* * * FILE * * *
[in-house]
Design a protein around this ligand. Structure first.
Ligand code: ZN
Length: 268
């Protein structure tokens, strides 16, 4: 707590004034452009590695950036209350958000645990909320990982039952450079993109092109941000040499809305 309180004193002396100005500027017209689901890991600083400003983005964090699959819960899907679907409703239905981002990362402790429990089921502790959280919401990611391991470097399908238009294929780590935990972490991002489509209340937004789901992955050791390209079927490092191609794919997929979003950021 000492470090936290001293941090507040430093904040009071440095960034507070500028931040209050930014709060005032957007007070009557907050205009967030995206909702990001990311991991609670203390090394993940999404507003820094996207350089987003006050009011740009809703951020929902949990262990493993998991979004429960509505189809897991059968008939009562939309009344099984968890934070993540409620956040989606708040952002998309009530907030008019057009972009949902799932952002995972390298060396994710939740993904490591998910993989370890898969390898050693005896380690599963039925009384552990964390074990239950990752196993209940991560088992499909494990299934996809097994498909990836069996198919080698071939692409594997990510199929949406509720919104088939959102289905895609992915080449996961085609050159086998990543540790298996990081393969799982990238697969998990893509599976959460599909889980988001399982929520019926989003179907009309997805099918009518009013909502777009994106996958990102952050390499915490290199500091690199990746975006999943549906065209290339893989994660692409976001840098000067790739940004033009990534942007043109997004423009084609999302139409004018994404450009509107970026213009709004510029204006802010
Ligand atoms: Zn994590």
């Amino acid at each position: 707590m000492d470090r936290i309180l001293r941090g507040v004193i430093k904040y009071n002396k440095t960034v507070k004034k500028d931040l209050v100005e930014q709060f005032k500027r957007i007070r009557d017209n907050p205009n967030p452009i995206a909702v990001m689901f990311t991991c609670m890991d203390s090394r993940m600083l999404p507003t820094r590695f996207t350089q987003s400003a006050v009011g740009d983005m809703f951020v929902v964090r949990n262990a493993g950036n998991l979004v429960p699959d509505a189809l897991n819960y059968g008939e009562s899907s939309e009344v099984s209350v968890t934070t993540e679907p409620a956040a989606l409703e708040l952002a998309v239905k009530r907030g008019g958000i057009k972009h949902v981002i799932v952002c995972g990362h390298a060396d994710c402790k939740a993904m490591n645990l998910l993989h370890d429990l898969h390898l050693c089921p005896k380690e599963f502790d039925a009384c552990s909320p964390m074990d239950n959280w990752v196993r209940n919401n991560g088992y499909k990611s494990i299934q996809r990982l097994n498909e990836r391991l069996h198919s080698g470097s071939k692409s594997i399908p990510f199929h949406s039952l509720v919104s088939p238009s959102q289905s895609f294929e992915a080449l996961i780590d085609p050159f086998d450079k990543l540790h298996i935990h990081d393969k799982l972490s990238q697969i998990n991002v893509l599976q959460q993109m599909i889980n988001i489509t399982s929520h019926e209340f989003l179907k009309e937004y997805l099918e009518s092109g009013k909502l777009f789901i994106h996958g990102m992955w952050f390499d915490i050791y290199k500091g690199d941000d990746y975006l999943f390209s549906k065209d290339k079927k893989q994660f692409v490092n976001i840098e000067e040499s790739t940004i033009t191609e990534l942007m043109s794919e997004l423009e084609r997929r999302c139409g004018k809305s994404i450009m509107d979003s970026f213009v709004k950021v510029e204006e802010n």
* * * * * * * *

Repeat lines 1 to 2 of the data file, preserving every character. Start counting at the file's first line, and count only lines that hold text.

[in-house]
Design a protein around this ligand. Structure first.